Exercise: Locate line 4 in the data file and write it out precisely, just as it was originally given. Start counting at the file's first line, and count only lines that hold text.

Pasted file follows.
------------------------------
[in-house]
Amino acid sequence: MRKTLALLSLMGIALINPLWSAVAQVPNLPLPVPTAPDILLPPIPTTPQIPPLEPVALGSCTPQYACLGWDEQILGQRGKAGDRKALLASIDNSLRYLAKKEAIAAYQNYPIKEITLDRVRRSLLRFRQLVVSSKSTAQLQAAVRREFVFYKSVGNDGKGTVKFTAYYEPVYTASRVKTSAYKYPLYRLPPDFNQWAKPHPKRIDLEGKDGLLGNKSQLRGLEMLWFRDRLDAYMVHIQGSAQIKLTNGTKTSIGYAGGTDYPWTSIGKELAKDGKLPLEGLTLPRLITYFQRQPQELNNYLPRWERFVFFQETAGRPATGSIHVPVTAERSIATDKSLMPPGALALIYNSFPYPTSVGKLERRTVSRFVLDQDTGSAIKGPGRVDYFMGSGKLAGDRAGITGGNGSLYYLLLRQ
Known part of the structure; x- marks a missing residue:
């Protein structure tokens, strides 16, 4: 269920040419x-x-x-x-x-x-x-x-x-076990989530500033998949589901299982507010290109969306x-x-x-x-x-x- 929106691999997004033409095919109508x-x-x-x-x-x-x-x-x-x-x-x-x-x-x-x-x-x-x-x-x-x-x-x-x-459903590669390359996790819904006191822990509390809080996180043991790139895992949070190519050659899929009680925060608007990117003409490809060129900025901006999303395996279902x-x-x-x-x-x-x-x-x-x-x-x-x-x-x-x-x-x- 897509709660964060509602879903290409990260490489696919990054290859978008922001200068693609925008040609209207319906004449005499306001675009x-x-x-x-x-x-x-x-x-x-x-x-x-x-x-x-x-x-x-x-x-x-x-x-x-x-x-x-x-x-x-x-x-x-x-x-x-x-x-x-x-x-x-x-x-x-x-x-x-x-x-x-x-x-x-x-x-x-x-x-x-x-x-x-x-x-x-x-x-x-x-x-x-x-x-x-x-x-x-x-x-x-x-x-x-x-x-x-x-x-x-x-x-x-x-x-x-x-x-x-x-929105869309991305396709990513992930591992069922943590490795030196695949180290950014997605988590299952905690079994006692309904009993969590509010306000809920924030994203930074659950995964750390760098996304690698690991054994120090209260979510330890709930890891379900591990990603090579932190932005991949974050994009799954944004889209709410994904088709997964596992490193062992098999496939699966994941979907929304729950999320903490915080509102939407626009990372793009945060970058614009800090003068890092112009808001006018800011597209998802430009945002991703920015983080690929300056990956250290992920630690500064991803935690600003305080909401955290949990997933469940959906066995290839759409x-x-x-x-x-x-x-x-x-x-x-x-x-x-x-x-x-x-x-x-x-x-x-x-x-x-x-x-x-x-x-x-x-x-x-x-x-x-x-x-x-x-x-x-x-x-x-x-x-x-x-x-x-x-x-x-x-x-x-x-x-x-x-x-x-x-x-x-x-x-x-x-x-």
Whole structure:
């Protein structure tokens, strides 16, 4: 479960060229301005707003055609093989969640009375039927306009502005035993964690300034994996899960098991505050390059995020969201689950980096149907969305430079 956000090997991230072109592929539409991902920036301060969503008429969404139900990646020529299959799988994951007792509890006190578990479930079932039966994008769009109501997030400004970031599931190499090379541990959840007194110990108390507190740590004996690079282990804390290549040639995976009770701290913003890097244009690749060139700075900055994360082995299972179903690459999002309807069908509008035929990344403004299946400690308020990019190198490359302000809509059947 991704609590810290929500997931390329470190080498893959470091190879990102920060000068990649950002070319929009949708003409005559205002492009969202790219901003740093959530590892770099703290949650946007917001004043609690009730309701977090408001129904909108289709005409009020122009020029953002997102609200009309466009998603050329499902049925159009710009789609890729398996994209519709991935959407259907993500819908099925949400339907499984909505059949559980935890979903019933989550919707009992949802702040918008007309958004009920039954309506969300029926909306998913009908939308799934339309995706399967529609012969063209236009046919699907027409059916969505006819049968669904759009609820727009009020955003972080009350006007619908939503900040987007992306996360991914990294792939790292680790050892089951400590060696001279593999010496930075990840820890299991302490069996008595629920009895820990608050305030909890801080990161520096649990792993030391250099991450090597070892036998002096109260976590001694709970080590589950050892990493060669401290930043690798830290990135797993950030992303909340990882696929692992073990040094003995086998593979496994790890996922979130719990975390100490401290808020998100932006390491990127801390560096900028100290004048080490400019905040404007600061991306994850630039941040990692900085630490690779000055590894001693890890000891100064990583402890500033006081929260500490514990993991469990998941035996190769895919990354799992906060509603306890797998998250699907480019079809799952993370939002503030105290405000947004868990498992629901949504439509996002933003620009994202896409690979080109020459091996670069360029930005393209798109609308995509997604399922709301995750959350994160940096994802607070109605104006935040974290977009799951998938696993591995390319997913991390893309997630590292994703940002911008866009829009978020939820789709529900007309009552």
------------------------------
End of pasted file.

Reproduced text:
């Protein structure tokens, strides 16, 4: 269920040419x-x-x-x-x-x-x-x-x-076990989530500033998949589901299982507010290109969306x-x-x-x-x-x- 929106691999997004033409095919109508x-x-x-x-x-x-x-x-x-x-x-x-x-x-x-x-x-x-x-x-x-x-x-x-x-459903590669390359996790819904006191822990509390809080996180043991790139895992949070190519050659899929009680925060608007990117003409490809060129900025901006999303395996279902x-x-x-x-x-x-x-x-x-x-x-x-x-x-x-x-x-x- 897509709660964060509602879903290409990260490489696919990054290859978008922001200068693609925008040609209207319906004449005499306001675009x-x-x-x-x-x-x-x-x-x-x-x-x-x-x-x-x-x-x-x-x-x-x-x-x-x-x-x-x-x-x-x-x-x-x-x-x-x-x-x-x-x-x-x-x-x-x-x-x-x-x-x-x-x-x-x-x-x-x-x-x-x-x-x-x-x-x-x-x-x-x-x-x-x-x-x-x-x-x-x-x-x-x-x-x-x-x-x-x-x-x-x-x-x-x-x-x-x-x-x-x-929105869309991305396709990513992930591992069922943590490795030196695949180290950014997605988590299952905690079994006692309904009993969590509010306000809920924030994203930074659950995964750390760098996304690698690991054994120090209260979510330890709930890891379900591990990603090579932190932005991949974050994009799954944004889209709410994904088709997964596992490193062992098999496939699966994941979907929304729950999320903490915080509102939407626009990372793009945060970058614009800090003068890092112009808001006018800011597209998802430009945002991703920015983080690929300056990956250290992920630690500064991803935690600003305080909401955290949990997933469940959906066995290839759409x-x-x-x-x-x-x-x-x-x-x-x-x-x-x-x-x-x-x-x-x-x-x-x-x-x-x-x-x-x-x-x-x-x-x-x-x-x-x-x-x-x-x-x-x-x-x-x-x-x-x-x-x-x-x-x-x-x-x-x-x-x-x-x-x-x-x-x-x-x-x-x-x-």